Border security is now a national priority, SANDF says


Border security has become an important national priority – so much so that is has supplanted South Africa’s attempts to bring peace to the African continent. The South African National Defence Force will deploy 22 companies to strengthen the land borders over the next four years, according to the military’s Chief Director Operations, Major General Barney Hlatshwayo.

Hlatshwayo was speaking this morning at defenceWeb‘s second annual Border Control conference, where he reminded the SANDF is the lead department for safeguarding the border line, but will work alongside a multitude of other agencies. “Right now the indication is the government is willing to support the SANDF so it’s imperative we come up with appropriate plans,” he said. “I think there’s good guidance emanating from above…Operation Corona [the border safeguarding endeavour] is a priority.”

Hlatshwayo outlined the SANDF’s landward border protection roll-out plan from now until March 2015. In the first phase, ending this month, four companies were deployed along the north-east borders, with two engineering troops in support to repair broken-down border fences. The second phase, beginning next month, will see a further three companies deployed, taking the total to seven, excluding the two engineer troops. Their area of deployment will grow from the Zimbabwe and Mozambique border lines to include the Kruger National Park, Swaziland and Lesotho.

Phase three will see twelve sub-units deployed from April 2012 while phase four, from April 2013, will see troops being deployed along the border with Namibia and Botswana. In phase 5, from April 2014, further deployments will follow, mostly to the Botswana and Namibian frontiers. By this time there will be 22 companies safeguarding South Africa’s land borders. However, Hlatshwayo noted that the SANDF would be established on the border well before FY2014/2015 – possibly as early as FY2012/2013.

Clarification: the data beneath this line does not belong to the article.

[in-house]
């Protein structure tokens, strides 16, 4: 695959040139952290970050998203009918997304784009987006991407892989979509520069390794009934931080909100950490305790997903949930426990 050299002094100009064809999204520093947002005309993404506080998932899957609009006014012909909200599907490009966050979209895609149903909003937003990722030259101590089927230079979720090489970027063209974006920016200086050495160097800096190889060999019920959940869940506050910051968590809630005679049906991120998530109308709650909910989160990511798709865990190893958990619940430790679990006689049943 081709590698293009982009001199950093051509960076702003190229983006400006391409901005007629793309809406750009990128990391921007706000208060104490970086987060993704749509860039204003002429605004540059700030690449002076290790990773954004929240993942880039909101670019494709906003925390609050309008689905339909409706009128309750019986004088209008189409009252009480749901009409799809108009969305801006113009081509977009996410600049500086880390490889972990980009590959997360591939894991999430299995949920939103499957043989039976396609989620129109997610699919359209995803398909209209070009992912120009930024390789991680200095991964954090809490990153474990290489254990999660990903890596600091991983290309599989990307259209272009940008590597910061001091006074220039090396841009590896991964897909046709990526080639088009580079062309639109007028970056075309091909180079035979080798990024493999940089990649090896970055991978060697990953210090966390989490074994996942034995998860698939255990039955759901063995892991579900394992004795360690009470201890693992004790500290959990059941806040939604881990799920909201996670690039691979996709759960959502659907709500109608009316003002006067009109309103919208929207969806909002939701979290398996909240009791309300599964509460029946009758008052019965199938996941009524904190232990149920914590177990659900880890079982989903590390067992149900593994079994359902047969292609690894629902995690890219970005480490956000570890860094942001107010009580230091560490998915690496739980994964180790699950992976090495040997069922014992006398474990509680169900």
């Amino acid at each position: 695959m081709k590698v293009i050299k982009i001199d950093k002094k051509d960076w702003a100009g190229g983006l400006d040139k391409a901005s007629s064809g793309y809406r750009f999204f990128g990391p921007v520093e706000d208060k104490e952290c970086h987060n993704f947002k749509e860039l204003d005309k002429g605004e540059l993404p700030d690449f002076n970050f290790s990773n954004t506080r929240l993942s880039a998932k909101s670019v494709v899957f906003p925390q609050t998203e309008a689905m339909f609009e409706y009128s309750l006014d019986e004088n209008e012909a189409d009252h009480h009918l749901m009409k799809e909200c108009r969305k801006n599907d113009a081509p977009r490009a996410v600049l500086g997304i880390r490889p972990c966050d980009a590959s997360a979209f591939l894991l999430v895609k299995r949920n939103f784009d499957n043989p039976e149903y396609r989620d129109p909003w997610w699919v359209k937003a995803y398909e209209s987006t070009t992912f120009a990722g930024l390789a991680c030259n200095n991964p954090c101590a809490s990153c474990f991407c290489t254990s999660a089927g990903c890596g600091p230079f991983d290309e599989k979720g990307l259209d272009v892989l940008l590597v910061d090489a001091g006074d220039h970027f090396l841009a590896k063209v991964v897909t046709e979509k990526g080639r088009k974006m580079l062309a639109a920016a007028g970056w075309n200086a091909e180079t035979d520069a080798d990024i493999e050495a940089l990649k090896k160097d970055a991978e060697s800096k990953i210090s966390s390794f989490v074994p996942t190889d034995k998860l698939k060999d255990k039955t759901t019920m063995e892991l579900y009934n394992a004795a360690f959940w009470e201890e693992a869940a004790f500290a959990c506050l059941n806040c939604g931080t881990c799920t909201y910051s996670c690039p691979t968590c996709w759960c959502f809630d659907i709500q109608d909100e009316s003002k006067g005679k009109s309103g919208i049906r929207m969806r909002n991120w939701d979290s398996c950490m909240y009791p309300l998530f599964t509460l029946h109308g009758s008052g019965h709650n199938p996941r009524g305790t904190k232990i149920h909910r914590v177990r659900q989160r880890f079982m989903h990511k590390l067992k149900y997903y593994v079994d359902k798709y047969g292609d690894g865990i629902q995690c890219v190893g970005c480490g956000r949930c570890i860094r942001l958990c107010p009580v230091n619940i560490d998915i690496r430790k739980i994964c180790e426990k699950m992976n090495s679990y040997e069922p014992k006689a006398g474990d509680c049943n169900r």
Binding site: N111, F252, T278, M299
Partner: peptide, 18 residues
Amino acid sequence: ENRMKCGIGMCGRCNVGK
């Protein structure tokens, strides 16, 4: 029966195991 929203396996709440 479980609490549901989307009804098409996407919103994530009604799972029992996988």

Hlatshwayo said that Operation Corona “is a complete departure from the past.” Safeguarding South Africa’s 4500 km land border and 2800 km sea border is a logical extension of the defence of the territorial integrity of the Republic of South Africa, Hlatshwayo said, and the way the land, air and sea borders are managed will be a determining factor contributing to the safety, security and stability of South Africa. The SANDF’s mission is the joint interdepartmental employment of forces to enforce state authority in the land, air and maritime border domains in support of national security objectives.

Hlatshwayo said that, “Our going back to the border mustn’t be understood as a one department show,” and added that people can forget about the SANDF fixing the border by itself as it needs to be “an interdepartmental effort”. Other government role players include the departments of Home Affairs, Tourism, Health, Public Works, Transport, State Security, Agriculture and the South African Police Service (SAPS).
“Previously you’d have a company positioned there and another there,” Hlatshwayo said. “Now we’re talking a mission headquarters and company commanders integrating with other agencies. This is a departure from the past.”

Hlatshwayo noted that securing the borders needs to involve South Africa’s neighbours, particularly Zimbabwe and Mozambique and said that these countries must also play their part. “When we look across into Zimbabwe and Mozambique it’s quiet,” he said.

The general touched on the issue of the un-coordinated manner in which the responsibility for border security shifted between the police and the army. “When the border was transferred from SANDF to other departments, we should not be shy to admit it was a mistake,” Hlatshwayo said. “I want to correct a notion that the army was called back because the police failed…there was no way the SAPS could inherit the force levels and capabilities of the defence force.”

The SAPS will be leaving the borders at the end of this month, even though the SANDF has “begged and pleaded” with them to stay, leaving areas of the border without any policing. “There is no SAPS exit strategy and SANDF entry strategy. What is happening there are areas that are not policed. The farming communities have to police themselves,” said Henri Boshoff from the Institute of Security Studies.

Hlatshwayo reported some of the border patrol successes achieved during the 2010/2011 fiscal year. Contraband with a value of R61 million rand was seized while 400 criminals were arrested and 19 641 illegal foreigners were recorded.